The origin of igneous rocks is now understood in considerable detail based on interpretations of mineralogical, chemical, and isotopic data. The insights that have been gained about the petrogenesis of different kinds of rocks have enhanced our understanding of how the Earth works on a global scale, and how it has evolved since it formed about 4.5 × 109 years ago. The evidence that has provided these insights has come from many sources, including the concentrations of trace elements and the isotope compositions of strontium (Sr), neodymium (Nd), lead (Pb), hafnium (Hf), and osmium (Os) all of which have radiogenic isotopes. In addition, a complete listing of all sources of isotopic data includes certain elements of low atomic number (e.g. H, C, O, N, and S) whose stable isotopes are fractionated by physical, chemical, and biological processes. The resulting theory explains igneous activity as a manifestation of the complex dynamic processes that occur in the mantle of the Earth. The objective of this book is to use the isotope compositions of Sr, Nd, and Pb in volcanic and plutonic rocks to demonstrate how isotopic data have been used to explain the origin of igneous rocks. This chapter contains brief summaries of relevant facts and theories that will facilitate the scientific journey we are about to undertake. Additional information is available in a textbook by Faure (1986).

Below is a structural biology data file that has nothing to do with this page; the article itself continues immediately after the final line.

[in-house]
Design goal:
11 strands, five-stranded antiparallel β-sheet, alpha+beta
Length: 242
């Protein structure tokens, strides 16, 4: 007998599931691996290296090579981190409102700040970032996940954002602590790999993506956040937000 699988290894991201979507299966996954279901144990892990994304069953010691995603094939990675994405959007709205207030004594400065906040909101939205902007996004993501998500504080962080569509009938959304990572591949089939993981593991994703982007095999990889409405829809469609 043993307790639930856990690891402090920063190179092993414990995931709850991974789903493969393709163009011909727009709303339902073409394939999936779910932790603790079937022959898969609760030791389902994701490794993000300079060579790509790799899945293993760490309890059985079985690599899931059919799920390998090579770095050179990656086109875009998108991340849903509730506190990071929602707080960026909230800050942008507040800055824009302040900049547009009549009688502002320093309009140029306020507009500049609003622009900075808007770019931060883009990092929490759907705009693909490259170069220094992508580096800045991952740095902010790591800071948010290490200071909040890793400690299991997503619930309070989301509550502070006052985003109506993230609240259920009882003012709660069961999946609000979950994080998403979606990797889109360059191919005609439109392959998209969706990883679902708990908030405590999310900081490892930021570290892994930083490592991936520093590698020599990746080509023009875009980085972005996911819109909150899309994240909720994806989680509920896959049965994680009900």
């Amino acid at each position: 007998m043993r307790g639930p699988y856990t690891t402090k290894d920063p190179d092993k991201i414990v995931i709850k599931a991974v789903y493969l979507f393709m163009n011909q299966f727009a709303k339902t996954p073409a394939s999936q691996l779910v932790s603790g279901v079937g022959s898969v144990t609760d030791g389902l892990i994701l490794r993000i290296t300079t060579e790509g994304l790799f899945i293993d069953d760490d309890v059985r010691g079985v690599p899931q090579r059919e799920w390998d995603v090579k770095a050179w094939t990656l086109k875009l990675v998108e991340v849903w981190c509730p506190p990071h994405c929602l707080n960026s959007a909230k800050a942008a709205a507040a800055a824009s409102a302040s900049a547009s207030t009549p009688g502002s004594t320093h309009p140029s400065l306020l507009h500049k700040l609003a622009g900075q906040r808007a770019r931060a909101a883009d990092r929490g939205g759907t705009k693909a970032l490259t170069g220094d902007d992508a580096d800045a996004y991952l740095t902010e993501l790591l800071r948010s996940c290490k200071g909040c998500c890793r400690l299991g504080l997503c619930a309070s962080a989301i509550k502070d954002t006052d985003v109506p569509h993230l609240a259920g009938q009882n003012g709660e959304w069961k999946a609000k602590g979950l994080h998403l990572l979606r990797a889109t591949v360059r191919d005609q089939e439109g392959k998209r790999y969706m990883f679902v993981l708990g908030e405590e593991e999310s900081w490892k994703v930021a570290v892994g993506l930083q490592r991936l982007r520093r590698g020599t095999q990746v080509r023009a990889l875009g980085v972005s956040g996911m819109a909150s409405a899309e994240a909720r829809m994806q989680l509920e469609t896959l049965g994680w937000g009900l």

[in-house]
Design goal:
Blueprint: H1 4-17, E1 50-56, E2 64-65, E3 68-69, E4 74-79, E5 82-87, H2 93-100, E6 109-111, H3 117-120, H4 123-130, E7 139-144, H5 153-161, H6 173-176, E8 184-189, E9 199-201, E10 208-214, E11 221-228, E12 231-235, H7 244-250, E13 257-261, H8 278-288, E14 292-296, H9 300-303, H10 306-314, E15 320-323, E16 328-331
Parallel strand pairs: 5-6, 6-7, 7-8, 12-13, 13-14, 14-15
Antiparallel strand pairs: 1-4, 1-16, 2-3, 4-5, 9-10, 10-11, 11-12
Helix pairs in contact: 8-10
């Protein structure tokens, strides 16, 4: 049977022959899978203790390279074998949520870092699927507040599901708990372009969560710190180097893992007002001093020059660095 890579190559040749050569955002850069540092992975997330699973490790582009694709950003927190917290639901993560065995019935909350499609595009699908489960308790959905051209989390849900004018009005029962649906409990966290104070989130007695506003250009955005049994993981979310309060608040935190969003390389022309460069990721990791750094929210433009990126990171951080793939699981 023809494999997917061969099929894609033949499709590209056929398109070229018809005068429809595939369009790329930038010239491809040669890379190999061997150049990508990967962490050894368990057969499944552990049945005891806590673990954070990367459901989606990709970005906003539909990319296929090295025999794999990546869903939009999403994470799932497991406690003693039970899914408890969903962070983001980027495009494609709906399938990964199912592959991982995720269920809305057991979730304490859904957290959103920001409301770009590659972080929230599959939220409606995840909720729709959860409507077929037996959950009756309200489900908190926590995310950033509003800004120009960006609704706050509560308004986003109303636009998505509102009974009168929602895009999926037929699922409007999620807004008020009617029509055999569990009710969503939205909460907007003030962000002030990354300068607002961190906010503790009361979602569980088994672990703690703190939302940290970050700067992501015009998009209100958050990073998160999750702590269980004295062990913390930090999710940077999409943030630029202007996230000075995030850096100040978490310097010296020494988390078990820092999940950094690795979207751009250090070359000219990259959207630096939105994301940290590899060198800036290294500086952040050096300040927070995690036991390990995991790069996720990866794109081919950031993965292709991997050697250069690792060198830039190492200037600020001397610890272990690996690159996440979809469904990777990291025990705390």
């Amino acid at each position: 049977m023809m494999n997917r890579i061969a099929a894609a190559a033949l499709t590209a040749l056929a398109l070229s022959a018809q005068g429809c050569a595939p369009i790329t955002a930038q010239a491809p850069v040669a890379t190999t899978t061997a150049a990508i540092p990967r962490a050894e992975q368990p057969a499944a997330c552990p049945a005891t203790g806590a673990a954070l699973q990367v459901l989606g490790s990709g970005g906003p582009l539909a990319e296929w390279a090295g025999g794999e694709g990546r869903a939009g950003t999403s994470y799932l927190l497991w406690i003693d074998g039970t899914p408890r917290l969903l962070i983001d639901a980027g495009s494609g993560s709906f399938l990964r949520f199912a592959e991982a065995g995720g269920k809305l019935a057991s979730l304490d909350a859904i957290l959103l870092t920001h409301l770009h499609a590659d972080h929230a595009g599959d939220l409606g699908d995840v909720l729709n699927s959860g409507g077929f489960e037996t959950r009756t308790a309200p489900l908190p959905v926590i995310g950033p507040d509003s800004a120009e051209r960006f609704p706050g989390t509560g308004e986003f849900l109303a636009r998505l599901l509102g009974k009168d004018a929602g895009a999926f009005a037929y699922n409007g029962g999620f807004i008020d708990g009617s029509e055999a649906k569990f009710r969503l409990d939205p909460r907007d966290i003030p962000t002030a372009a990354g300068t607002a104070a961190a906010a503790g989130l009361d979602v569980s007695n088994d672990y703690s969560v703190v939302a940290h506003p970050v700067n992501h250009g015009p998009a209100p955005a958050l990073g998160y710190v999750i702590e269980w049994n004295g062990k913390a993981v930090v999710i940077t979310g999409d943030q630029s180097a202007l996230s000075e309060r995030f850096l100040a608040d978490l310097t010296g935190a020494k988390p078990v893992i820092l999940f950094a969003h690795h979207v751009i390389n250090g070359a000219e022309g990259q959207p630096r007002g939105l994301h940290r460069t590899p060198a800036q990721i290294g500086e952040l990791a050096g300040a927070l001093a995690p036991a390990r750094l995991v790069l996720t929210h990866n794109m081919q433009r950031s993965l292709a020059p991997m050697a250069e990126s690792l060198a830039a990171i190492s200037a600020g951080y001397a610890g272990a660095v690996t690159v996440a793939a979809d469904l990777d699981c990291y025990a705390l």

KeywordsIgneous Rock Fractional Crystallization Isotope Fractionation Standard Mean Ocean Water Alkalic Rock
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